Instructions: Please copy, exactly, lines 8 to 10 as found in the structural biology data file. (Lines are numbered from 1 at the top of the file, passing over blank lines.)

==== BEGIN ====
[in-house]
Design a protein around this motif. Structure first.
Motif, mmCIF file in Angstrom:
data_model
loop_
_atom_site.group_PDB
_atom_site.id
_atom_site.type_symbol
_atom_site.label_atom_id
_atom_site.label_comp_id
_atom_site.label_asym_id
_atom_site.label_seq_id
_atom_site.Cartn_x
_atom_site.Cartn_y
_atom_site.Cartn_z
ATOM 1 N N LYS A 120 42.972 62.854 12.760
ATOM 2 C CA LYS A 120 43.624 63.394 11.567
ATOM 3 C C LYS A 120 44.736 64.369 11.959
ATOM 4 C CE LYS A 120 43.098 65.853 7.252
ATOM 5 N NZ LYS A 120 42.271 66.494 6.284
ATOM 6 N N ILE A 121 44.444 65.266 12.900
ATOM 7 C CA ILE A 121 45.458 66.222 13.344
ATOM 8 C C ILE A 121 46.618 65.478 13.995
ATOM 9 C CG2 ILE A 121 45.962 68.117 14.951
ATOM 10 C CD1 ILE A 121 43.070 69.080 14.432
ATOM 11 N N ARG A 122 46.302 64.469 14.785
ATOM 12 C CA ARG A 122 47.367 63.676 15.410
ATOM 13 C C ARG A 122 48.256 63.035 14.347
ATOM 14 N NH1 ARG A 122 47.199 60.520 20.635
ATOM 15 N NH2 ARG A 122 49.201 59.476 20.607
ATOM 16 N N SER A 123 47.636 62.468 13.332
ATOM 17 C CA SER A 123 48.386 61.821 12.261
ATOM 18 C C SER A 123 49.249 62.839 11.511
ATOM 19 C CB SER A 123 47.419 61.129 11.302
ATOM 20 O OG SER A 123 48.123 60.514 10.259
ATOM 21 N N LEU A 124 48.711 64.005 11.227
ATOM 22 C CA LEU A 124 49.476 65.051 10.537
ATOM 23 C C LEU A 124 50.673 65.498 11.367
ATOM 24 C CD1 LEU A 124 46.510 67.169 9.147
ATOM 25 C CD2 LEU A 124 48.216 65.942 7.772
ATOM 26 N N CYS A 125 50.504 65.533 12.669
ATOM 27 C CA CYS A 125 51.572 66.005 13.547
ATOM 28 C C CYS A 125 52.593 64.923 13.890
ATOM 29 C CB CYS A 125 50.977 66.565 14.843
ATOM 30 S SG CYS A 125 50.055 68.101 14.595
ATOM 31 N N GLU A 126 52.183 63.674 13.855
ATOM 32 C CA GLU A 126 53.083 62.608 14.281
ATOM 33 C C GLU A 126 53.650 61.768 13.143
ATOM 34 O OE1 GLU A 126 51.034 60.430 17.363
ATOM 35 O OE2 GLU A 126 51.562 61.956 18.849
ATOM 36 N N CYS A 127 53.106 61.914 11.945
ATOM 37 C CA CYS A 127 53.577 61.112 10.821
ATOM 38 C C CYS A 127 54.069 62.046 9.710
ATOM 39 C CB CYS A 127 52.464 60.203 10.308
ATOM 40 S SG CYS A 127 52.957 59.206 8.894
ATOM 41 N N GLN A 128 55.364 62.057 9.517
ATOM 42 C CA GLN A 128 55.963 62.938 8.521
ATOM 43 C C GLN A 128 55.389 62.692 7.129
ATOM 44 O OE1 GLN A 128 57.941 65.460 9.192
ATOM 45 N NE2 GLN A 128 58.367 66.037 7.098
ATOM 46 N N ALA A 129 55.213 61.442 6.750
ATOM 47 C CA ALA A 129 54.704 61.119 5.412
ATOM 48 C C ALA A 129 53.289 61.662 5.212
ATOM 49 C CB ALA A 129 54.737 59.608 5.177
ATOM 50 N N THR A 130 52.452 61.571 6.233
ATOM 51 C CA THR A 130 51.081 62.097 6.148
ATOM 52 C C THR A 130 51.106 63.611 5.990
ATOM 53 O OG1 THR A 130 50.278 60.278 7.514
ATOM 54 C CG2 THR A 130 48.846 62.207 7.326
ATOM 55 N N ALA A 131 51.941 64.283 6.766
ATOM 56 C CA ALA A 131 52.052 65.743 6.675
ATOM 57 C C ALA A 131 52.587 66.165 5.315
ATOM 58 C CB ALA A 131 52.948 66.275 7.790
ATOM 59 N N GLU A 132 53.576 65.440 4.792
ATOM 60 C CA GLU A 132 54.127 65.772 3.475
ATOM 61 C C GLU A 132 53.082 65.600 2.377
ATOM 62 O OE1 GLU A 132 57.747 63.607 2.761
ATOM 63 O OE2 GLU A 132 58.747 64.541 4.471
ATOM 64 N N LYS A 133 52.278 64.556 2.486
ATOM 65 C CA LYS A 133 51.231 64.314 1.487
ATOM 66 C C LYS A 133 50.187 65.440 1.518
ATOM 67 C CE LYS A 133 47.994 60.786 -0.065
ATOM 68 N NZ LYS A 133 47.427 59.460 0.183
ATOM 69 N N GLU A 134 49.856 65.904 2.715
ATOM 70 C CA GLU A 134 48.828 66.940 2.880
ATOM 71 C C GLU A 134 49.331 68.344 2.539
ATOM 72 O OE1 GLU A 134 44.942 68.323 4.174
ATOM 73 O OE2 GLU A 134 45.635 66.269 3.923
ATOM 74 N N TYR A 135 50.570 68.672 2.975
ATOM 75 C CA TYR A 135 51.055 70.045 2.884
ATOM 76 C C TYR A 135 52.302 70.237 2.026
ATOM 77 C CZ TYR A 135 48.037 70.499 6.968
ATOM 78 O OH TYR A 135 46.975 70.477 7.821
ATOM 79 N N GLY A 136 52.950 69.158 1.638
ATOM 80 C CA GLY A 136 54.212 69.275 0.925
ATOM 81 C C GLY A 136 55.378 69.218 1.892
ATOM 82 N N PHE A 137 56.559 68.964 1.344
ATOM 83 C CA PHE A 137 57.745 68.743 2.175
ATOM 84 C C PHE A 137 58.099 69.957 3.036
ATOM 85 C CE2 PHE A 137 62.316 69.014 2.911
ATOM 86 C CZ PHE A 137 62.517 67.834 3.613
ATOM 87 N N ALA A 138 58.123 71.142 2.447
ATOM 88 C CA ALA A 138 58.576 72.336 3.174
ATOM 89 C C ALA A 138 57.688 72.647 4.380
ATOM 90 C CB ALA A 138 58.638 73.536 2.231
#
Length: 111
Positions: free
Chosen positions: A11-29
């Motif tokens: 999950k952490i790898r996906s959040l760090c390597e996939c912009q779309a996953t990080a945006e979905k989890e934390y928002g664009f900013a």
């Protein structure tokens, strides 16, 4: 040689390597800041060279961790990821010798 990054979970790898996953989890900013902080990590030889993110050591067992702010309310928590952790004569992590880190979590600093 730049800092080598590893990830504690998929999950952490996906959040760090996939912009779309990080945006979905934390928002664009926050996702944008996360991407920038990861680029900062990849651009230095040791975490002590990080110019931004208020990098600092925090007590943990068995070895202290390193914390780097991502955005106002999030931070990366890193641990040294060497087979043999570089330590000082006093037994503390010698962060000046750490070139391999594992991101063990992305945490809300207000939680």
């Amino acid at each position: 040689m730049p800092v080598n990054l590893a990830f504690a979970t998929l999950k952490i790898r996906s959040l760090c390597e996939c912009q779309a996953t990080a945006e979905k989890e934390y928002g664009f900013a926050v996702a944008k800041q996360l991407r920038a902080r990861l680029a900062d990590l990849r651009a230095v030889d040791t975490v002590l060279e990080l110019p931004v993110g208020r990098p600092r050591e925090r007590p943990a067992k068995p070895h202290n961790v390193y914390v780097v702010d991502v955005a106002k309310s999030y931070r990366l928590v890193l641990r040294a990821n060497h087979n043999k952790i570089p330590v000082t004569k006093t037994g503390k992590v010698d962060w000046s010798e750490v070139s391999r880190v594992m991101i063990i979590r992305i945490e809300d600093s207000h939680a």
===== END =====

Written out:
_atom_site.type_symbol
_atom_site.label_atom_id
_atom_site.label_comp_id